Aastha Chokshi, MD1, Averill Guo, MD2, Eric Smith, BA1, Kittichai Promrat, MD1 1Brown University, Providence, RI; 2Brown University/Warren Alpert Medical School, Providence, RI
Introduction: Colorectal cancer (CRC) is a leading cause of cancer death in North America. About 10% of all CRC are due to hereditary conditions, such as Lynch syndrome and familial adenomatous polyposis (FAP). It is important to offer genetic counseling and testing to high-risk patients to improve CRC screening for them and their family members. Due to limited availability of genetic counselors, many medical facilities do not have on-site genetic services. We aim to evaluate the process of genetic testing referrals from a community medical center with no on-site genetic services to a tertiary center and determine the referral completion rate and factors associated with non-completion.
Methods: We conducted a retrospective study looking at all patients referred for genetic testing at the Providence Veterans Affairs Medical Center (VAMC) between January 2019-December 2022. Genetic services at the Boston VAMC included pre- and post-test counseling in-person or via telehealth. Blood samples were collected at the Providence VAMC and sent to a commercial lab. Data regarding the patients’ demographics, colonoscopy results, family history, and completion of genetic pre-counseling, testing, and post-counseling was obtained. The prevalence of hereditary syndromes was computed. Chi-square analysis was used to compare patients receiving and not receiving genetic testing.
Results: Since 2019, 37 patients were referred for genetic testing for concerns for hereditary syndromes. Of these, 43% received pre-counseling prior to genetic testing, 27% had genetic testing performed, of which 20% had a genetic syndrome, and 24% received counseling after genetic testing (Figure 1A). There was no significant difference in the characteristics of patients receiving and not receiving genetic testing (Table 1). Loss to follow-up, followed by patient refusal, were the most common reasons for non-completion (Figure 1B).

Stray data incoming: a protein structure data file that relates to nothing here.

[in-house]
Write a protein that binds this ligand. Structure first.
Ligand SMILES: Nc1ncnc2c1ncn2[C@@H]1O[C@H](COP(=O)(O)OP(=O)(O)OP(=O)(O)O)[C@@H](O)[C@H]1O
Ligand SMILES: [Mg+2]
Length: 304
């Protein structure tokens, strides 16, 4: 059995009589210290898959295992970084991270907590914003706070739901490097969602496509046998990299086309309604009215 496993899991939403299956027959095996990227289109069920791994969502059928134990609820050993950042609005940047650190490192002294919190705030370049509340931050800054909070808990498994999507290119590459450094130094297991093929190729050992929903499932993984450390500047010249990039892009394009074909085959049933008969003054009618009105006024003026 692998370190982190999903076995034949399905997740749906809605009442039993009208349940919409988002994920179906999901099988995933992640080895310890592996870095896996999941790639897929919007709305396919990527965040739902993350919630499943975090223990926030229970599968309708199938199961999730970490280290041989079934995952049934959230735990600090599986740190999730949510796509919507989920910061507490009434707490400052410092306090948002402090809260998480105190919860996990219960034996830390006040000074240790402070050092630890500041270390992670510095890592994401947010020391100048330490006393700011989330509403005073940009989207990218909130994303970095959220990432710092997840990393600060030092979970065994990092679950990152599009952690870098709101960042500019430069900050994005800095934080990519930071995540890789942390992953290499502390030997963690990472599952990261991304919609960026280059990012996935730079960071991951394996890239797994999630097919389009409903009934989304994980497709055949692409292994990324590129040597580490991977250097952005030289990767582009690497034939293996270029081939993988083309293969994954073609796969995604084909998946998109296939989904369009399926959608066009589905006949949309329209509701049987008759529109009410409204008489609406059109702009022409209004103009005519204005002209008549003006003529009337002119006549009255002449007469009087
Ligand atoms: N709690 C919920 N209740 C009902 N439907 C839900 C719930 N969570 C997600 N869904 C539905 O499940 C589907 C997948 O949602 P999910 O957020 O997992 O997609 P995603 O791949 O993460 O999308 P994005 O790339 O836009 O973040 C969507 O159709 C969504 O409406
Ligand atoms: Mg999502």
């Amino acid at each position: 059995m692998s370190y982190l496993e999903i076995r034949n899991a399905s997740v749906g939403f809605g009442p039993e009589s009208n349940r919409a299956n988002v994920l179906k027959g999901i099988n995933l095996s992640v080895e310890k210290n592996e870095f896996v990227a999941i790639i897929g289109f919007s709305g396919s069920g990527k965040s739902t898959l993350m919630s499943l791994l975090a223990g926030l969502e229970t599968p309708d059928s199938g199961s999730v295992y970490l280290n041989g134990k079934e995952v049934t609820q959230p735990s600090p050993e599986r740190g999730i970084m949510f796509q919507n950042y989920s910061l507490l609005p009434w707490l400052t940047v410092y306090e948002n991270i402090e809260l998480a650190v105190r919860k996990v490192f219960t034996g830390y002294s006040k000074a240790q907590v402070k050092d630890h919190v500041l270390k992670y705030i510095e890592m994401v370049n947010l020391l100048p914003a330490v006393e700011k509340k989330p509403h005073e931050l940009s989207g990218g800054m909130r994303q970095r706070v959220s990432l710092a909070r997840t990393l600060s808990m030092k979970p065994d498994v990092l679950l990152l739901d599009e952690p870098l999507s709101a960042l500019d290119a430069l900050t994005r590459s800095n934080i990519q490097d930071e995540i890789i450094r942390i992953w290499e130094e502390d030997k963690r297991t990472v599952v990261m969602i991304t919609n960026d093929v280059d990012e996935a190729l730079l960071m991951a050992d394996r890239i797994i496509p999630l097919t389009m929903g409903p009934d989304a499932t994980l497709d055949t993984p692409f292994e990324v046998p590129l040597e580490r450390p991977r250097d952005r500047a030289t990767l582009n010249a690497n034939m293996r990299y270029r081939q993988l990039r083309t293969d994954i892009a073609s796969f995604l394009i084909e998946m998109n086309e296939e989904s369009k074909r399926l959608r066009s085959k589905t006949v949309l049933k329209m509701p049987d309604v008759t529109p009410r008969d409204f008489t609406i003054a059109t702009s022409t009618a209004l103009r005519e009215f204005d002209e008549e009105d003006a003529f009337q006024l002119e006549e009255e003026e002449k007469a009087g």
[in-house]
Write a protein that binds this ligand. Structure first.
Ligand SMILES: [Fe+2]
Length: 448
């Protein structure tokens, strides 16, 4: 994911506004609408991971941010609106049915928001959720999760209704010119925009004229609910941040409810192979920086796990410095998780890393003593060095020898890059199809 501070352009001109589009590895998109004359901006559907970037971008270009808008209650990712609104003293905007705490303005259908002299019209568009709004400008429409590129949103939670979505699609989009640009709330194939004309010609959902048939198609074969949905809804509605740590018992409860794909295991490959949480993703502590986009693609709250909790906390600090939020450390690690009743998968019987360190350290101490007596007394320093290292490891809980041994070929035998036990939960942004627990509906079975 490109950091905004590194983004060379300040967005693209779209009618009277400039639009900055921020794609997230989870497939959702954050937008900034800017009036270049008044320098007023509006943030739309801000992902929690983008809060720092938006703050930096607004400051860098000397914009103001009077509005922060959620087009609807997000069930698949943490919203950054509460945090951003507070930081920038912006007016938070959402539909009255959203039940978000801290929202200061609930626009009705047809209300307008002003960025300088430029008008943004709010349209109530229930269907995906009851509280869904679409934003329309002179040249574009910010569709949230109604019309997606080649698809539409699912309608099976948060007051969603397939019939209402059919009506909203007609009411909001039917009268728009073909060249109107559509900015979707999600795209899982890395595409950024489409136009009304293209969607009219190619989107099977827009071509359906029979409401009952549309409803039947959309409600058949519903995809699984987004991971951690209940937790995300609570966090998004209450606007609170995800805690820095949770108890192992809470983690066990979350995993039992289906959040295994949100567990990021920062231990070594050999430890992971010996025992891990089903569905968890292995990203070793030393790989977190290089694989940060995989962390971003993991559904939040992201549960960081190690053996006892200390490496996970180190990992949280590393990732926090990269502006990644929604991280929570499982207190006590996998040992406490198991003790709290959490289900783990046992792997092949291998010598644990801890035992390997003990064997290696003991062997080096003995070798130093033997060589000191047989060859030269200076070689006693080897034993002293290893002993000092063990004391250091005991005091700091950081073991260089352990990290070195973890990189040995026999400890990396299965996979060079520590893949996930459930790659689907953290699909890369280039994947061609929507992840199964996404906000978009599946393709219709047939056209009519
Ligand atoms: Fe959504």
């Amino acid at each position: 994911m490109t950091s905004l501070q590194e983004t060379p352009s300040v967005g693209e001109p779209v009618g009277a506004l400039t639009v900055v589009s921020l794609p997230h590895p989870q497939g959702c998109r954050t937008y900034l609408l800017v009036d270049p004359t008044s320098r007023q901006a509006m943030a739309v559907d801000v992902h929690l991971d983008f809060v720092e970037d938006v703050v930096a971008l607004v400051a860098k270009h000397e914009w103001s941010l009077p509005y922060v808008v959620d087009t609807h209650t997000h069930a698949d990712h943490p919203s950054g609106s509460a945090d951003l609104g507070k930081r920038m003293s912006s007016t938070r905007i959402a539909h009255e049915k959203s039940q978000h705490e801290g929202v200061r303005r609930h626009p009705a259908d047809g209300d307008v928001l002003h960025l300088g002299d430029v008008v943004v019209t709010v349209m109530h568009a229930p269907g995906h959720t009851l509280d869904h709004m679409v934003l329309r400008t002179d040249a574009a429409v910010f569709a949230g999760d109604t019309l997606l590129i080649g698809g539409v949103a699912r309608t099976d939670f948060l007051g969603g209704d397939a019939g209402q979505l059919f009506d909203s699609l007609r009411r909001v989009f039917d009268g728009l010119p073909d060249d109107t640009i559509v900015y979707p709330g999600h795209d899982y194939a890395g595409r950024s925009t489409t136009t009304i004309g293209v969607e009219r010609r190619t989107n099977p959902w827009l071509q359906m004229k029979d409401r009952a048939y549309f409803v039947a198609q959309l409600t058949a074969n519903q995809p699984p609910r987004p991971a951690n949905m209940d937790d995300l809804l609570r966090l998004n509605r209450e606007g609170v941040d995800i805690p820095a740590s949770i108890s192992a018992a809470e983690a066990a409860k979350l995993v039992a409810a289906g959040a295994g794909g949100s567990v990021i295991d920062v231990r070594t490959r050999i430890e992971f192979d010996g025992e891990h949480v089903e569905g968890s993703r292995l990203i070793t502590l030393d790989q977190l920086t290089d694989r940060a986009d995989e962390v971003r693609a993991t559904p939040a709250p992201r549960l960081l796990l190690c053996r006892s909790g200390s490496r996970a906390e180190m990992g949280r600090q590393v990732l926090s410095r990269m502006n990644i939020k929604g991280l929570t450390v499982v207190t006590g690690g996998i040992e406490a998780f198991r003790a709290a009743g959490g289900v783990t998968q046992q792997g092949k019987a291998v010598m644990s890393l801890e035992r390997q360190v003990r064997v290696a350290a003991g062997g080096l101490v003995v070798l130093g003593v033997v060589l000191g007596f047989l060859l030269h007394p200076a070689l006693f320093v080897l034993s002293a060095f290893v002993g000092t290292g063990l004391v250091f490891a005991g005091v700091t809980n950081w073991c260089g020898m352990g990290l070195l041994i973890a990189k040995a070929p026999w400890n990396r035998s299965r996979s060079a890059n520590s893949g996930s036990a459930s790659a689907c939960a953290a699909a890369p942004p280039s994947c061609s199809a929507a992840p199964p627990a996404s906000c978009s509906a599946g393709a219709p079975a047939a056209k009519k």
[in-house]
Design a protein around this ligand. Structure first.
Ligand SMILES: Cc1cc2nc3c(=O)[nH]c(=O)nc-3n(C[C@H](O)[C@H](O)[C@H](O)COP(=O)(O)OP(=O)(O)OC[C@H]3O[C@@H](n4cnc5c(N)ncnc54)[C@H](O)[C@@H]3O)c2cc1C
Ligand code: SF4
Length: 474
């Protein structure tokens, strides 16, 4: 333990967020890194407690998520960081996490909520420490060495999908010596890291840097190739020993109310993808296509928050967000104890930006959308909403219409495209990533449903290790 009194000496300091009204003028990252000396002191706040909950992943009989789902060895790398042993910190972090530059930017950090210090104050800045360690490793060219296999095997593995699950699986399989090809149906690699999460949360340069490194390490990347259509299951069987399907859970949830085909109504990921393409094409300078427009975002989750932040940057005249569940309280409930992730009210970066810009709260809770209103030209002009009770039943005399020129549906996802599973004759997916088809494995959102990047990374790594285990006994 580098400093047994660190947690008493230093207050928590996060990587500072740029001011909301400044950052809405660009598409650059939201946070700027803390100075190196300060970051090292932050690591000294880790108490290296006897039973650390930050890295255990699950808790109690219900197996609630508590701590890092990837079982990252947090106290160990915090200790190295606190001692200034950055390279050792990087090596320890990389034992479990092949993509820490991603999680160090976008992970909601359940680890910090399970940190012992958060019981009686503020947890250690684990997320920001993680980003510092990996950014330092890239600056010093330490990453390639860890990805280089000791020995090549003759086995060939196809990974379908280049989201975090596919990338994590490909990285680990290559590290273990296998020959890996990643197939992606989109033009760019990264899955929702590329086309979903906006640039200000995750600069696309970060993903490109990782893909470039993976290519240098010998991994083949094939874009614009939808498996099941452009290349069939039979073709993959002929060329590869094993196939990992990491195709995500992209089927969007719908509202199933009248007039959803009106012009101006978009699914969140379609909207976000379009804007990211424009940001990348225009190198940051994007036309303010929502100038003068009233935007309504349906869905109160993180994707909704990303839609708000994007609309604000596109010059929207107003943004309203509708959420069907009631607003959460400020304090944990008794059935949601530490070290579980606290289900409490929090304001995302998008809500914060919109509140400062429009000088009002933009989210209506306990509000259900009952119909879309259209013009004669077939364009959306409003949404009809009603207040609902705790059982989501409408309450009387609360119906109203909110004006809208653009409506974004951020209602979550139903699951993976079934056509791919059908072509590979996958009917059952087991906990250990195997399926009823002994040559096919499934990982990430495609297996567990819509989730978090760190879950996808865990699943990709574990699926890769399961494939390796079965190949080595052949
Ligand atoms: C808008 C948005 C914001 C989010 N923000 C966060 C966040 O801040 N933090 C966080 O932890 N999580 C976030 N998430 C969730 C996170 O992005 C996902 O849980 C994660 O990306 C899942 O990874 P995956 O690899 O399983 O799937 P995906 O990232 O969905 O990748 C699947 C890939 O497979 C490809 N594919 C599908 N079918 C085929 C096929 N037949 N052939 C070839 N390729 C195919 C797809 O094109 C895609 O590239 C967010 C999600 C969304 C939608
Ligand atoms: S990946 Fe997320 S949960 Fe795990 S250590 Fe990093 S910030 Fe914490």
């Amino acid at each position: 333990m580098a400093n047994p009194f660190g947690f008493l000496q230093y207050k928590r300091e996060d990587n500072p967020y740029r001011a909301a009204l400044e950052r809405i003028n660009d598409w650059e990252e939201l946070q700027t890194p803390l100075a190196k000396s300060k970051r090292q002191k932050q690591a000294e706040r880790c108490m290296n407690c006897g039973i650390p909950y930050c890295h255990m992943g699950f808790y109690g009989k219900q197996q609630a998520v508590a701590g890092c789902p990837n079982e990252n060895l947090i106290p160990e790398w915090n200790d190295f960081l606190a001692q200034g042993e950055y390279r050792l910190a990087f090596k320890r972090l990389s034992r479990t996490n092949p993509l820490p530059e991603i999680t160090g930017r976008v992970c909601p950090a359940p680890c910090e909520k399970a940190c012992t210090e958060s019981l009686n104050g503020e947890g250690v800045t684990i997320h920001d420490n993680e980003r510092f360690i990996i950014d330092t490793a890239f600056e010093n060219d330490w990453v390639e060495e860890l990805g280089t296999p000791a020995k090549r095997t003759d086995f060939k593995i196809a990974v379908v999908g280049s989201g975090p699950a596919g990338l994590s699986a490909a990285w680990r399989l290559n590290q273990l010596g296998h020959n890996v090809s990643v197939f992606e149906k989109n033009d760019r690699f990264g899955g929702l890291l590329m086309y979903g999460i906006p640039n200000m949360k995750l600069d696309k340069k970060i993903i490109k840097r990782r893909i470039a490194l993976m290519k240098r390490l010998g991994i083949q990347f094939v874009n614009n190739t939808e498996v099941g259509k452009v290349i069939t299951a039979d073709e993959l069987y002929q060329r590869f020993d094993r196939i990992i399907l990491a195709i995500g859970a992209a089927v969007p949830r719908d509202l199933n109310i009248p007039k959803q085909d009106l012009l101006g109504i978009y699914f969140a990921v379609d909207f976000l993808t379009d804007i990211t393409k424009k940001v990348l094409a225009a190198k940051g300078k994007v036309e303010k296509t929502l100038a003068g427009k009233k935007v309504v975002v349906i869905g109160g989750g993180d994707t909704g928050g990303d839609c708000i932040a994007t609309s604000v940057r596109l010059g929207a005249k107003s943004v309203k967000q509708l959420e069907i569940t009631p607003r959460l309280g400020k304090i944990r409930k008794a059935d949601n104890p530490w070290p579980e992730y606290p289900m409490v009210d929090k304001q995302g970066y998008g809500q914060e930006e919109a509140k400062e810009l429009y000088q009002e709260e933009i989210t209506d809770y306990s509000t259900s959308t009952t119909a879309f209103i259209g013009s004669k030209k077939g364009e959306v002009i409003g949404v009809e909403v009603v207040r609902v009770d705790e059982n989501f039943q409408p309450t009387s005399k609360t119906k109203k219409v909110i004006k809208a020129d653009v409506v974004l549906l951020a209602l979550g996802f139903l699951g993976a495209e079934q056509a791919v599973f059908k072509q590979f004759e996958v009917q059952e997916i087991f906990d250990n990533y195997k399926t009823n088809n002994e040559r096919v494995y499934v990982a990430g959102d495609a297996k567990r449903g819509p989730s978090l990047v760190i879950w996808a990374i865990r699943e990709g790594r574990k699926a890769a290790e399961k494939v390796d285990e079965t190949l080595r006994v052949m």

Discussion: There is a poor conversion rate from referral to completed pre-counseling and genetic testing. Loss of follow up, such as appointment cancellations or no shows, was the most common reason for non-completion. Our results suggest that poor uptake of genetic testing is secondary to current process of referrals, affecting all patients, rather than to characteristics of specific patient groups. In the future, we aim to implement point of care pre-counseling using pre-recorded video and on-site genetic testing with post-counseling referrals to a tertiary center as needed.
Figure: Figure 1. A) Percentage of Patients Undergoing Each Step in the Genetic Testing Referral Process. B) Reasons for No Genetic Testing. Most common reason for lack of genetic testing was loss to follow up, followed by patient refusal.
Aastha Chokshi indicated no relevant financial relationships.
Averill Guo indicated no relevant financial relationships.
Eric Smith indicated no relevant financial relationships.
Kittichai Promrat indicated no relevant financial relationships.
Aastha Chokshi, MD1, Averill Guo, MD2, Eric Smith, BA1, Kittichai Promrat, MD1. P4090 - Low Completion Rate of Traditional Genetic Testing Referral Pathway From Facility Without On-Site Genetic Services, ACG 2023 Annual Scientific Meeting Abstracts. Vancouver, BC, Canada: American College of Gastroenterology.